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Improving care for the deteriorating child
  1. Alice Roueché1,
  2. Jane Runnacles2
  1. 1Department of Paediatrics, Royal Alexandra Children's Hospital, Brighton, UK
  2. 2Department of Paediatrics, Royal Free Hospital, London, UK
  1. Correspondence to Dr Jane Runnacles, Department of Paediatrics, Royal Free Hospital, Pond St, London, NW3 2QG, UK; Jane.runnacles{at}

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To deliver safe care for children we need to be able to correctly identify clinical deterioration and appropriately respond to it. The evidence suggests we do not do this consistently and this should be a prime focus for improvement efforts. Yet, the systems in which we work are complex and change is often daunting. In this article we will look at how a quality improvement approach, using well-established methodologies, can be used to try to address a problem such as identifying the deteriorating child. It will look at large- and small-scale examples and will explore some of the approaches that can make a challenging task into a measurable improvement in care for children and young people (boxes 1 and 2).

Box 1

Quality improvement (QI) in practice: identifying the deteriorating child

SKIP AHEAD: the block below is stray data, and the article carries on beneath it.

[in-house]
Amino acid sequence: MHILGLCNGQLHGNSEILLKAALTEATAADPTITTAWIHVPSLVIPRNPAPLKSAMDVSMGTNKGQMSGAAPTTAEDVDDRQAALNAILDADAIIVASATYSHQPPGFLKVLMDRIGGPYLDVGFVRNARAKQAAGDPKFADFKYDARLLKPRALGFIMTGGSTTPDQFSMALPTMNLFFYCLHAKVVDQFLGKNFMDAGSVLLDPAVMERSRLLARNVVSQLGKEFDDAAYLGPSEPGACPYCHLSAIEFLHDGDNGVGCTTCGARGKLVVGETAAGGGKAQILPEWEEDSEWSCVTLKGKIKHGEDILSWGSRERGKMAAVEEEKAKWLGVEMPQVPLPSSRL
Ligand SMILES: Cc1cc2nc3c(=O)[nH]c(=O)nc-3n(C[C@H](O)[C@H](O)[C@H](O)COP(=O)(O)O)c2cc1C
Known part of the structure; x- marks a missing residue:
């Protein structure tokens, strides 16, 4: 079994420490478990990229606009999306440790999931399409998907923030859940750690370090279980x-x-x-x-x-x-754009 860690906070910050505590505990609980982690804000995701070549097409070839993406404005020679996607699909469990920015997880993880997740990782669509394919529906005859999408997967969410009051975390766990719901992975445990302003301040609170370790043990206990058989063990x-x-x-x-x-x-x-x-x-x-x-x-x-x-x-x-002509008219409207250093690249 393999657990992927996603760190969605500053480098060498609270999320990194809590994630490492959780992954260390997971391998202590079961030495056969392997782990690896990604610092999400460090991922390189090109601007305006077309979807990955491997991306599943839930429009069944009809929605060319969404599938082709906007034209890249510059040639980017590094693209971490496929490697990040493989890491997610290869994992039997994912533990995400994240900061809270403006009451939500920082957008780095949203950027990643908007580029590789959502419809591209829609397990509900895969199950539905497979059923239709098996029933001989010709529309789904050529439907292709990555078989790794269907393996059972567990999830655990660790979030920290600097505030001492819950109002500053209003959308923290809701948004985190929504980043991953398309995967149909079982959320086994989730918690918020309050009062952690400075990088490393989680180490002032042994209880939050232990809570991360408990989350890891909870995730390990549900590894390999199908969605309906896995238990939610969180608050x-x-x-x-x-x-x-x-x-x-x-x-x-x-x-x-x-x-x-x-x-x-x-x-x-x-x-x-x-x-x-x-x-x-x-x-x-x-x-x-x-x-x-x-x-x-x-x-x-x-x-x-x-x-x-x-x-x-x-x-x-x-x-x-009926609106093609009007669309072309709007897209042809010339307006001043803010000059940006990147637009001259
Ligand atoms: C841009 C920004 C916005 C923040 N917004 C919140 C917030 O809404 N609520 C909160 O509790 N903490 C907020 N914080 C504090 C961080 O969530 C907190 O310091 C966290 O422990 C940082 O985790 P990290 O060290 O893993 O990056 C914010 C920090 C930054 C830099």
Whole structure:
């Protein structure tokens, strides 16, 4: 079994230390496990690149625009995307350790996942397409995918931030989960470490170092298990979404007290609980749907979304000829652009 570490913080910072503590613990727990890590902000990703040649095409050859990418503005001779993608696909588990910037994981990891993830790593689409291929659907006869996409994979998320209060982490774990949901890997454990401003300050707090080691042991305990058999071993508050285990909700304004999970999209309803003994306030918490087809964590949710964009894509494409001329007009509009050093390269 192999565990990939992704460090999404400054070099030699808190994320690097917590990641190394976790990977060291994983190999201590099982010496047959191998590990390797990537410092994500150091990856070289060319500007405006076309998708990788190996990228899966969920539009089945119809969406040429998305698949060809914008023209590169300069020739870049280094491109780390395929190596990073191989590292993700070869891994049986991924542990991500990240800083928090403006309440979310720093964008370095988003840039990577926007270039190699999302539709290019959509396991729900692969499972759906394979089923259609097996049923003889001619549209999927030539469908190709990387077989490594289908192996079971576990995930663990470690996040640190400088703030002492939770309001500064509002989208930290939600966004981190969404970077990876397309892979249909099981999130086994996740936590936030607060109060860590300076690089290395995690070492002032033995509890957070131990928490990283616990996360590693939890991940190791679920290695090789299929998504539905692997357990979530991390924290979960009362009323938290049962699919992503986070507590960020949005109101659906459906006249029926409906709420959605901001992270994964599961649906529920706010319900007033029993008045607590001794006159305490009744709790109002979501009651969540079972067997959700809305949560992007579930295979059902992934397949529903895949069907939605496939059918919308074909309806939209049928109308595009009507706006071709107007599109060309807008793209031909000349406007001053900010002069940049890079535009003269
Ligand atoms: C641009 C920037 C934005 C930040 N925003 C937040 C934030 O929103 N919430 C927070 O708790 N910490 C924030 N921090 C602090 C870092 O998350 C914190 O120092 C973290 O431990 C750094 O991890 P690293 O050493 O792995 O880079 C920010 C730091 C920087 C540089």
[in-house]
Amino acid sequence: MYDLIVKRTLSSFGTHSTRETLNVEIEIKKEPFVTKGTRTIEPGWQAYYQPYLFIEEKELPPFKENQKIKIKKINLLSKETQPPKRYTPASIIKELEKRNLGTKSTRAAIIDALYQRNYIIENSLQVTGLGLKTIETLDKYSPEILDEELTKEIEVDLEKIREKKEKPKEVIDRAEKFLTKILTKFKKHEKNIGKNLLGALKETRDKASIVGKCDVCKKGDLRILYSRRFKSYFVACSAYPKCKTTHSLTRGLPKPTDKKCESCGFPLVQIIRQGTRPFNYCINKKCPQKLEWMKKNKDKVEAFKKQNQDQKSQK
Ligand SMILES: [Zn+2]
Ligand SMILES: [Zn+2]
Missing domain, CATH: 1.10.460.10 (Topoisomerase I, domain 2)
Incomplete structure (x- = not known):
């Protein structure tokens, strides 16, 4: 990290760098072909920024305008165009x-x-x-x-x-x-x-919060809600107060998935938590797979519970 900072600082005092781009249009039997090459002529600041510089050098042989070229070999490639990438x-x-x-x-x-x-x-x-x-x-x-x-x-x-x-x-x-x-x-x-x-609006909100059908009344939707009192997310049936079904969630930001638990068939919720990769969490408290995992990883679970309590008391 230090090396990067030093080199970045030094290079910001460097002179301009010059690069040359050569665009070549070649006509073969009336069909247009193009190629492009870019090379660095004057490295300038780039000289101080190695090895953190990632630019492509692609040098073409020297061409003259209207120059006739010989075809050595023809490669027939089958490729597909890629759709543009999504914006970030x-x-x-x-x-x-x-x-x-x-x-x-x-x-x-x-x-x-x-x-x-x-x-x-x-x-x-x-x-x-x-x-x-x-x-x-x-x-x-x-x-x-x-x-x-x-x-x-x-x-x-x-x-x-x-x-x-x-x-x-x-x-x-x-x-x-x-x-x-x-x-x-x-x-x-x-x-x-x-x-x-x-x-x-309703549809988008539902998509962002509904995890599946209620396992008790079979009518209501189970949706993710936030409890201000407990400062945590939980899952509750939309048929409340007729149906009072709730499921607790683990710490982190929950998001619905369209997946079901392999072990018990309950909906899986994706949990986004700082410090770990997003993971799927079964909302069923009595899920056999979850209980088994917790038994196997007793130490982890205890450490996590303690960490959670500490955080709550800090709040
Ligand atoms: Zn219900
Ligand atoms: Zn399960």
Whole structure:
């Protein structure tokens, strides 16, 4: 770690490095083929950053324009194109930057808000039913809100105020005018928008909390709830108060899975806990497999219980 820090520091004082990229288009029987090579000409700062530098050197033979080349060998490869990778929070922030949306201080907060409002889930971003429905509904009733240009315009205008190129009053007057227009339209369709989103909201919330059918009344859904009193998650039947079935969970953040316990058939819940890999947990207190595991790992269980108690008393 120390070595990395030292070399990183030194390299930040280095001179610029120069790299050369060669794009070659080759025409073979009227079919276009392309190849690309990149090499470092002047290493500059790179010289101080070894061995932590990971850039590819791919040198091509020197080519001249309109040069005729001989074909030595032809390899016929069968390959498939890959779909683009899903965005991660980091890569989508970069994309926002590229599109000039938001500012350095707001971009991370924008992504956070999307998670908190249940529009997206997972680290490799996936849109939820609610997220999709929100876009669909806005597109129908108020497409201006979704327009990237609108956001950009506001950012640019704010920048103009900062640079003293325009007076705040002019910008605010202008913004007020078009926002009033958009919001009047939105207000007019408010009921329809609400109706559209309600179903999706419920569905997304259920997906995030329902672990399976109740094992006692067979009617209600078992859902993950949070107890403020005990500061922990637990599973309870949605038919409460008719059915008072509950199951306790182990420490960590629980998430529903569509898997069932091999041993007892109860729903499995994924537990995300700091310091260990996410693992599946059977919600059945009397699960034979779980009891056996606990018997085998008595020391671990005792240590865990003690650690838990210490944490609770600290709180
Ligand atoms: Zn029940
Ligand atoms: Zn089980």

• From the driver diagram in figure 2, we can see that there are multiple factors involved in reducing inpatient cardiorespiratory arrest. One important area to look at is the use of early warning scores to identify deterioration.

  • One of the UK CEMACH recommendations for hospital paediatric care was a ‘standardised and rational monitoring system with embedded early identification systems for children developing critical illness’.7 The exact nature of the chart used should depend on local context but it is clear that a means of documenting and flagging up signs of clinical deterioration is important.

  • In order to introduce a PEWS (Paediatric Early Warning Score) chart, a QI approach, using plan-so-study-act (PDSA) cycles, can be helpful:

    • Plan: Meet with colleagues and brainstorm ideas for implementing PEWS on your ward. Choose an idea that the team can support, for example, trialling a new observations chart.

    • Do: Trial chart for 10 patients.

    • Study: Look at chart completion rates and get feedback from nurses about ease of use, look at clinical …

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  • Contributors This article was commissioned as part of the ADC Equipped series. AR and JR worked closely together on the planning, design, drafting and final approval of this article.

  • Funding The authors did not receive any funding for this work. The quality improvement project outlined in box 2 is supported by The Health Foundation's SHINE programme (UK charity number: 286967).

  • Competing interests None.

  • Provenance and peer review Commissioned; internally peer reviewed.